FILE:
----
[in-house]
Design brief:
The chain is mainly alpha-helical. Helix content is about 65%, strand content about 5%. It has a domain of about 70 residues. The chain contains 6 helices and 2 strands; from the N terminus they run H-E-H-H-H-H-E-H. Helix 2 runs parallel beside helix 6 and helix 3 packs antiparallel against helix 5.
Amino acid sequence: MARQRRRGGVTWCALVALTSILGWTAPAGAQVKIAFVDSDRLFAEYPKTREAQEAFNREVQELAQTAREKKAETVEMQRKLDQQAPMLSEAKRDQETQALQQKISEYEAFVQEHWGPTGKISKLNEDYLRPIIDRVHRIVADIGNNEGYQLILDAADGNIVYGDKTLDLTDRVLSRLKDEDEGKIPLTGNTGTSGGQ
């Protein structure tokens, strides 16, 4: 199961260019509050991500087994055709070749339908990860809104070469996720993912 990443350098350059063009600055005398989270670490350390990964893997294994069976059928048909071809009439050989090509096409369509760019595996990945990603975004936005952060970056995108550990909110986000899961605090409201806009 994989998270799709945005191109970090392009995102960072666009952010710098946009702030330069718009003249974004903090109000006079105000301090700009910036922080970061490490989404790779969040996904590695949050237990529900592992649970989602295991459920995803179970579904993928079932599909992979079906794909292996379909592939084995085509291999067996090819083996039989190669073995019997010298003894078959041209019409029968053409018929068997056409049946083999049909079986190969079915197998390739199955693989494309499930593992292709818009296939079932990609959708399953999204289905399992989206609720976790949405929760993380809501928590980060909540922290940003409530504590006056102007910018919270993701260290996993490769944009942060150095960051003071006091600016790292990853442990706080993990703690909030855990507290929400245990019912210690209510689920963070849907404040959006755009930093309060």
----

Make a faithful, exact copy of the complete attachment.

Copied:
[in-house]
Design brief:
The chain is mainly alpha-helical. Helix content is about 65%, strand content about 5%. It has a domain of about 70 residues. The chain contains 6 helices and 2 strands; from the N terminus they run H-E-H-H-H-H-E-H. Helix 2 runs parallel beside helix 6 and helix 3 packs antiparallel against helix 5.
Amino acid sequence: MARQRRRGGVTWCALVALTSILGWTAPAGAQVKIAFVDSDRLFAEYPKTREAQEAFNREVQELAQTAREKKAETVEMQRKLDQQAPMLSEAKRDQETQALQQKISEYEAFVQEHWGPTGKISKLNEDYLRPIIDRVHRIVADIGNNEGYQLILDAADGNIVYGDKTLDLTDRVLSRLKDEDEGKIPLTGNTGTSGGQ
């Protein structure tokens, strides 16, 4: 199961260019509050991500087994055709070749339908990860809104070469996720993912 990443350098350059063009600055005398989270670490350390990964893997294994069976059928048909071809009439050989090509096409369509760019595996990945990603975004936005952060970056995108550990909110986000899961605090409201806009 994989998270799709945005191109970090392009995102960072666009952010710098946009702030330069718009003249974004903090109000006079105000301090700009910036922080970061490490989404790779969040996904590695949050237990529900592992649970989602295991459920995803179970579904993928079932599909992979079906794909292996379909592939084995085509291999067996090819083996039989190669073995019997010298003894078959041209019409029968053409018929068997056409049946083999049909079986190969079915197998390739199955693989494309499930593992292709818009296939079932990609959708399953999204289905399992989206609720976790949405929760993380809501928590980060909540922290940003409530504590006056102007910018919270993701260290996993490769944009942060150095960051003071006091600016790292990853442990706080993990703690909030855990507290929400245990019912210690209510689920963070849907404040959006755009930093309060």